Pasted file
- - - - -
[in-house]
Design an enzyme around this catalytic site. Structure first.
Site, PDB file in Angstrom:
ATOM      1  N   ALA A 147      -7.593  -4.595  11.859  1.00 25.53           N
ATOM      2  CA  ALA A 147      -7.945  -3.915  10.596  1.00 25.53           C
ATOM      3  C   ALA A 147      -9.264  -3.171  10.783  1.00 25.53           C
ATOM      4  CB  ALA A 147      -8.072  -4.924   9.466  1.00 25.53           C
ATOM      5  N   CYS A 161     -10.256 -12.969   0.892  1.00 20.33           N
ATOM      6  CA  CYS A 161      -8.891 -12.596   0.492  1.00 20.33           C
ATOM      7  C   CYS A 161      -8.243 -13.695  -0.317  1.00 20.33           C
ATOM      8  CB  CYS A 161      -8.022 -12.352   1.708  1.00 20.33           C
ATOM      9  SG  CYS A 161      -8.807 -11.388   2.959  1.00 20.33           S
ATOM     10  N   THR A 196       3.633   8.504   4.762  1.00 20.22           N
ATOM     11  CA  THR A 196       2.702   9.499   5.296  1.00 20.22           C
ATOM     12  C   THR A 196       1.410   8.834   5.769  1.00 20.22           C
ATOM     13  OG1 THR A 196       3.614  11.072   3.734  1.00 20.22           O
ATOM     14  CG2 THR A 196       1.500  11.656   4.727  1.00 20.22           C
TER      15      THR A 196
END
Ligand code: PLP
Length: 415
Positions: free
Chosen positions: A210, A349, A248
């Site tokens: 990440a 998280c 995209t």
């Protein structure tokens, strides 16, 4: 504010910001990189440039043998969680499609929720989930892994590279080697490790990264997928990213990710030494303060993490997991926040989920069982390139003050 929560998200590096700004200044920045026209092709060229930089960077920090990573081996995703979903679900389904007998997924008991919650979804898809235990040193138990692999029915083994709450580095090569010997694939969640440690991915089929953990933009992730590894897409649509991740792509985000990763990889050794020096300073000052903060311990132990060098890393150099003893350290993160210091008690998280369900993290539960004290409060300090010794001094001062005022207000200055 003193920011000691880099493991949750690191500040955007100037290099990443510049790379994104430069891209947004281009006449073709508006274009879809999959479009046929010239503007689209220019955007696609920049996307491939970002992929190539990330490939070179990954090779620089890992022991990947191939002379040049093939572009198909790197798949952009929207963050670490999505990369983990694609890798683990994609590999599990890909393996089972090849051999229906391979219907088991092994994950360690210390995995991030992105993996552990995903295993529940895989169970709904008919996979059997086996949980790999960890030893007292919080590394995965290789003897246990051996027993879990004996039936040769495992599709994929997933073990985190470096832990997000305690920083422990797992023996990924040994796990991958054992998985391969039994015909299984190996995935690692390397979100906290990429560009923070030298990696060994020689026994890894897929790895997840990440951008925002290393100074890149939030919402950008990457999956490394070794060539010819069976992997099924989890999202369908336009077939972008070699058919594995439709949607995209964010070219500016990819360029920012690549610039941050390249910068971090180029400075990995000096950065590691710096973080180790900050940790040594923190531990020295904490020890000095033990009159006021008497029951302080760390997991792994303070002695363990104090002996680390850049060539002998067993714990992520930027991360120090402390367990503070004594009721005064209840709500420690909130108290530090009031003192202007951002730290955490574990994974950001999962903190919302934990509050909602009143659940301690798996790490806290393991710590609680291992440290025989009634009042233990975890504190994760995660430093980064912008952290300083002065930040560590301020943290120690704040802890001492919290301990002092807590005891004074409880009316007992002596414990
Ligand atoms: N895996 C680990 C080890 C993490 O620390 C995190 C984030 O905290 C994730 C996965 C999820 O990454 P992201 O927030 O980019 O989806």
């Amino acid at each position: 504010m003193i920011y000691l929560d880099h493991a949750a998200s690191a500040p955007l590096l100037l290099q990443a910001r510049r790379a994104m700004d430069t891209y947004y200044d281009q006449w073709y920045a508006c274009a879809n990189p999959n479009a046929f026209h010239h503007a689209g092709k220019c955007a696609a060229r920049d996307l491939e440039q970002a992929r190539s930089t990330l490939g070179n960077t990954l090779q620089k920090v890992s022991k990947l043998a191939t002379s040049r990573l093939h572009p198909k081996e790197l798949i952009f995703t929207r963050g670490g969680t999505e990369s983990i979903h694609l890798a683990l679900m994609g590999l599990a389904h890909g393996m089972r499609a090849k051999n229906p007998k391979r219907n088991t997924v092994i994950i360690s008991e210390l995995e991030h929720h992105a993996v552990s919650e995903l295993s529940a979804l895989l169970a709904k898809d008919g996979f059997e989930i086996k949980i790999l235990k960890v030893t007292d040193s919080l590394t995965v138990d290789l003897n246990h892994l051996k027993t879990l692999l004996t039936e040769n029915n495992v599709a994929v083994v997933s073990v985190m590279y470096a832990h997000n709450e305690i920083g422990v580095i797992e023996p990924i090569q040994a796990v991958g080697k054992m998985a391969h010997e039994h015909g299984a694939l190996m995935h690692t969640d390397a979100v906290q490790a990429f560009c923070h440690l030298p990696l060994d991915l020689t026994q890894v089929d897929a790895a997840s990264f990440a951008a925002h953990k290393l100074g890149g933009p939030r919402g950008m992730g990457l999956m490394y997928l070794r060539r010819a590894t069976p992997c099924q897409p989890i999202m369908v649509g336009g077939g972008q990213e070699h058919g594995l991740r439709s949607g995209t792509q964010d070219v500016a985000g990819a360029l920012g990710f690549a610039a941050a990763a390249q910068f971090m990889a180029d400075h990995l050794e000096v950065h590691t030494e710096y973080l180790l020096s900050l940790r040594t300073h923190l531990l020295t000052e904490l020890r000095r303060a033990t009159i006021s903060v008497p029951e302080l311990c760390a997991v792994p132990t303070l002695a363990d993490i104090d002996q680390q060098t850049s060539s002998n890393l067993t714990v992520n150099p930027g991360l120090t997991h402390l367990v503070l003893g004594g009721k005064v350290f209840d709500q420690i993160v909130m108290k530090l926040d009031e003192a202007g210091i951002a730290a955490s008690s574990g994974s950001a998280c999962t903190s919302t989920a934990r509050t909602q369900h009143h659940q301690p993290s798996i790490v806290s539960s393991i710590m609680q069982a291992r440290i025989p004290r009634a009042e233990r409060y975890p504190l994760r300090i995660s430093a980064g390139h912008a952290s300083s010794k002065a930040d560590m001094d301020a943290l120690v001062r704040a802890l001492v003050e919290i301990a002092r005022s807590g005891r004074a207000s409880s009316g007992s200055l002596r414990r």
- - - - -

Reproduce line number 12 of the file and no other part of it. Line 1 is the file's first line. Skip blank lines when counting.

ATOM      9  SG  CYS A 161      -8.807 -11.388   2.959  1.00 20.33           S